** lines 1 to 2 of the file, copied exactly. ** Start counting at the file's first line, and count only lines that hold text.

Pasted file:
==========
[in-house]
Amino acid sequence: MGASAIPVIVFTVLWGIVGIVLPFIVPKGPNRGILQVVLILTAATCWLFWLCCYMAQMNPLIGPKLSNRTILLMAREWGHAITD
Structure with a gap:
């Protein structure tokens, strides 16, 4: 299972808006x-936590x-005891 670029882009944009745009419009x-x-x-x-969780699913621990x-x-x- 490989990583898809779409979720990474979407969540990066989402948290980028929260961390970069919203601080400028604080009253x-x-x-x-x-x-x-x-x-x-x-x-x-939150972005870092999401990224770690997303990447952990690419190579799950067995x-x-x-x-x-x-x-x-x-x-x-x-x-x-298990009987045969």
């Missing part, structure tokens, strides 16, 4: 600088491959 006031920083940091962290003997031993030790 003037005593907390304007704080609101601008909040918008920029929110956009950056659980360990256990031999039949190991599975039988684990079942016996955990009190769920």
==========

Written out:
[in-house]
Amino acid sequence: MGASAIPVIVFTVLWGIVGIVLPFIVPKGPNRGILQVVLILTAATCWLFWLCCYMAQMNPLIGPKLSNRTILLMAREWGHAITD